Musings on Photography


Posted in art is a verb, process, Solo Photo Book Month by Paul Butzi on April 10, 2009


I won’t be able to do much blogging between now and the end of the month. Nothing wrong, thanks.

Today’s offering, via Gordon McGregor’s twitter feed, these words from Hugh MacLeod.

I was offered a quite substantial publishing deal a year or two ago. Turned it down. The company sent me a contract. I looked it over.


Called the company back. Asked for some clarifications on some points in the contract. Never heard back from them. The deal died.

This was a very respected company. You may have even heard of it.

They just assumed I must be just like all the other people they represent – hungry and desperate and willing to sign anything.

They wanted to own me, regardless of how good a job they did.

That’s the thing about some big publishers. They want 110% from you, but they don’t offer to do likewise in return. To them, the artist is just one more noodle in a big bowl of pasta.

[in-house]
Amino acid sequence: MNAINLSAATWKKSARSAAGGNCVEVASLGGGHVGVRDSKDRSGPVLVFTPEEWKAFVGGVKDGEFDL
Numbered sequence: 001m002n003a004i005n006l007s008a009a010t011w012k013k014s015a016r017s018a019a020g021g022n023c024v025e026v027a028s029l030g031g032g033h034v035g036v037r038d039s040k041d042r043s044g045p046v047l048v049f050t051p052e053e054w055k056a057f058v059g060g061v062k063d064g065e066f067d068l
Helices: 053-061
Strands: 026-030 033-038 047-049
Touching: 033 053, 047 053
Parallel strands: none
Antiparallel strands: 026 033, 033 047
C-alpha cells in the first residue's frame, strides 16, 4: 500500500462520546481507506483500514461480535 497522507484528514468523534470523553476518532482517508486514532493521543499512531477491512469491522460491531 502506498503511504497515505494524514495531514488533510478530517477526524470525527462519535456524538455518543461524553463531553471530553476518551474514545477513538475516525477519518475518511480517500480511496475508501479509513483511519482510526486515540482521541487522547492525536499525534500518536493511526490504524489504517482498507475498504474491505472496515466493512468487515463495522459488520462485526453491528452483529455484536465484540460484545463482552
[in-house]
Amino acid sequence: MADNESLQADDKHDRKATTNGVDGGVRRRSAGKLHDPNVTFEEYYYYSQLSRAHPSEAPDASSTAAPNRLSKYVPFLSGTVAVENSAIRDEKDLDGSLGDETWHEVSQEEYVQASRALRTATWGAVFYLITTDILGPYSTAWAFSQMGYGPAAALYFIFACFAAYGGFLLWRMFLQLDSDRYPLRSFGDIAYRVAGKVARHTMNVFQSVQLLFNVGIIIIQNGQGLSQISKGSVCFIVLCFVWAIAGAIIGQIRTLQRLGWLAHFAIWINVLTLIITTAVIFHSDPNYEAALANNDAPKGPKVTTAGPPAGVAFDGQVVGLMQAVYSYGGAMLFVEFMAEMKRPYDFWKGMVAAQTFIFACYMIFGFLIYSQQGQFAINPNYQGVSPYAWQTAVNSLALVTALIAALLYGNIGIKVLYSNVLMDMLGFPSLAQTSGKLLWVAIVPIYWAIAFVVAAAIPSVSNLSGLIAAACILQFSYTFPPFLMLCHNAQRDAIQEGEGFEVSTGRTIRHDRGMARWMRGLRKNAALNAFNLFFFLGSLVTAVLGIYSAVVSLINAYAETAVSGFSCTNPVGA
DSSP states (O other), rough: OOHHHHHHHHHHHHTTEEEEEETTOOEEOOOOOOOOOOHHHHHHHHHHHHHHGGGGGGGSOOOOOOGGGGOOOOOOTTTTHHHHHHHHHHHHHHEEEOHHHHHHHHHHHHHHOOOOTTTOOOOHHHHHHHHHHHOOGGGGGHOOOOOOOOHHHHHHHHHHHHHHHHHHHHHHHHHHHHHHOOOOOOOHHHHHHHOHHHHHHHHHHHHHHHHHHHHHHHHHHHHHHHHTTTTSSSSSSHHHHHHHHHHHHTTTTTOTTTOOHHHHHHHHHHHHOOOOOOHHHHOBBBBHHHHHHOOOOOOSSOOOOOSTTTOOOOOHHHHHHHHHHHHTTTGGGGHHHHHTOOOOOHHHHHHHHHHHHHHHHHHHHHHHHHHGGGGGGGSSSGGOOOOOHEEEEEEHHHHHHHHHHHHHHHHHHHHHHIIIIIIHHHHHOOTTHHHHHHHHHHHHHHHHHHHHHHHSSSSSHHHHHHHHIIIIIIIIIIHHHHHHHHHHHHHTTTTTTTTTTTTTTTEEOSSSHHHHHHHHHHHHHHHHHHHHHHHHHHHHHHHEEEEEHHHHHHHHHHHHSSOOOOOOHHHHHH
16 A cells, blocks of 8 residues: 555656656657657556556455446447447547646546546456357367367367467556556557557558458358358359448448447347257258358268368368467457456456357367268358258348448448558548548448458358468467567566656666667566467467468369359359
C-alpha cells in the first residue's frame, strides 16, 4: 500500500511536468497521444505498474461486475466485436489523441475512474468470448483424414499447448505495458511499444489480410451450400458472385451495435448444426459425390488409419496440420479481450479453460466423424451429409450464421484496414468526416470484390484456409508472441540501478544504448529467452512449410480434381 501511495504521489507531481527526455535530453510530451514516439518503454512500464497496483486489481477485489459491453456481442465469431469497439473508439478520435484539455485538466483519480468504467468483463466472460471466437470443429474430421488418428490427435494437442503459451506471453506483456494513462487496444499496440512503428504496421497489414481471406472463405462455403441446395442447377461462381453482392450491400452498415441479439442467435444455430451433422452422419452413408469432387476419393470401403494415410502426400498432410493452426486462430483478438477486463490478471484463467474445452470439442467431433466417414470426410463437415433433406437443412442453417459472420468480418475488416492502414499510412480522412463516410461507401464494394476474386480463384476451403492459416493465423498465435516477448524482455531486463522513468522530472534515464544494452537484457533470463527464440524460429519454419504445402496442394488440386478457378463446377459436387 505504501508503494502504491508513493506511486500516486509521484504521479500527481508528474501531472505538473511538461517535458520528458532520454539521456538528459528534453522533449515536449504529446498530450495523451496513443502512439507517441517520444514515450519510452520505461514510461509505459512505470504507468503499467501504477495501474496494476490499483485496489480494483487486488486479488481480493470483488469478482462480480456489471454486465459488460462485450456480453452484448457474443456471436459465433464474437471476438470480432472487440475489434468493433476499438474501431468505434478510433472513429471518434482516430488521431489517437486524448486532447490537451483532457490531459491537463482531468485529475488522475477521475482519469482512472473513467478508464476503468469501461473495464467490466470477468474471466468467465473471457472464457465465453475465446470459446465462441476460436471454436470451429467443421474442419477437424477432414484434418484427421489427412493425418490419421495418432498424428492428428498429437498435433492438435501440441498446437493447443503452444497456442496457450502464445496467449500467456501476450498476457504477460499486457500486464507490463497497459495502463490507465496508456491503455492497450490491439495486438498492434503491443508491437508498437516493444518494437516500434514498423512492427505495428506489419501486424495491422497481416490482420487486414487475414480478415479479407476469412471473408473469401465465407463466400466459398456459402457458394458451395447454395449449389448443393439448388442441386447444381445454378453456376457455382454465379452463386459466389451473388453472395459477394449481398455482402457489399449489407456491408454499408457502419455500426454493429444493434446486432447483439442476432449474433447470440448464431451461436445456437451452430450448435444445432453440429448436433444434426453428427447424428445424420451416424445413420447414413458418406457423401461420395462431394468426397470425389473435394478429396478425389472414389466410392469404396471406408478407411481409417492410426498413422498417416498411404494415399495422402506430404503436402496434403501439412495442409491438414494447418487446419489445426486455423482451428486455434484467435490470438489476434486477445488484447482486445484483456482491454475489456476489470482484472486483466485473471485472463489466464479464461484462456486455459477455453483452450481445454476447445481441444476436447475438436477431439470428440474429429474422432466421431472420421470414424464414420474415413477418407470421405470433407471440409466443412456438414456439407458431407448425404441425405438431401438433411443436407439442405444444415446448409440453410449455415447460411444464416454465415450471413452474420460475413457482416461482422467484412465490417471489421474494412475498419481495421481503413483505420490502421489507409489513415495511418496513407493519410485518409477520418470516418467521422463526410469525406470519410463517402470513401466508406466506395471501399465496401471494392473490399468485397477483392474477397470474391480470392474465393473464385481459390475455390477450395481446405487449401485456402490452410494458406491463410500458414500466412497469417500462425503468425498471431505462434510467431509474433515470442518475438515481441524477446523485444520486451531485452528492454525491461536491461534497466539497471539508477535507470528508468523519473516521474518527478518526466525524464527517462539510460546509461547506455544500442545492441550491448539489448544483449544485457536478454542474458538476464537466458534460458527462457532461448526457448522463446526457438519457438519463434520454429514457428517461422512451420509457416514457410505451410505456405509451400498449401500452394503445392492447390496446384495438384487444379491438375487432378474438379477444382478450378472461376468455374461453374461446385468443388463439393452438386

Their business model is to basically throw the pasta against the wall, and see which one sticks. The ones that fall to the floor are just forgotten.

Publishers are just middlemen. That’s all. If artists could remember that more often, they’d save themselves a lot of aggravation.

Go read the whole thing. Think of SoFoBoMo as a way to do something just to be doing it. Think of it as a way around the middlemen.

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  1. Chris Klug said, on April 10, 2009 at 3:42 pm

    I myself was offered a contract by a major publisher a few years ago. It was the first ‘book deal’ I had ever been offered. I’d done game design work under contract many times. I’d done theatrical design work under contract many times. I was no stranger to creative work under contract. But this particular contract stunned me.

    If the publisher took my words and used them on a web site, I was owed no monies.

    If the publisher took my words and recorded them onto a CD as an audio book, I was owed no monies.

    If the publisher took my words and created an interactive DVD of the book, I was owed no monies.

    The way the contract read, the only thing it stipulated was that I would get money for writing it in its original form.

    When I pointed this out to them, they replied “Well, we don’t normally do that with these types of books (it was a game design book) so don’t worry about it.”

    Worried I was.

    The deal never got done, because they couldn’t see why that concerned me.

    Again, a big publisher, one who has done lots of books on photography. They wanted the book, but obviously not enough to protect my rights.

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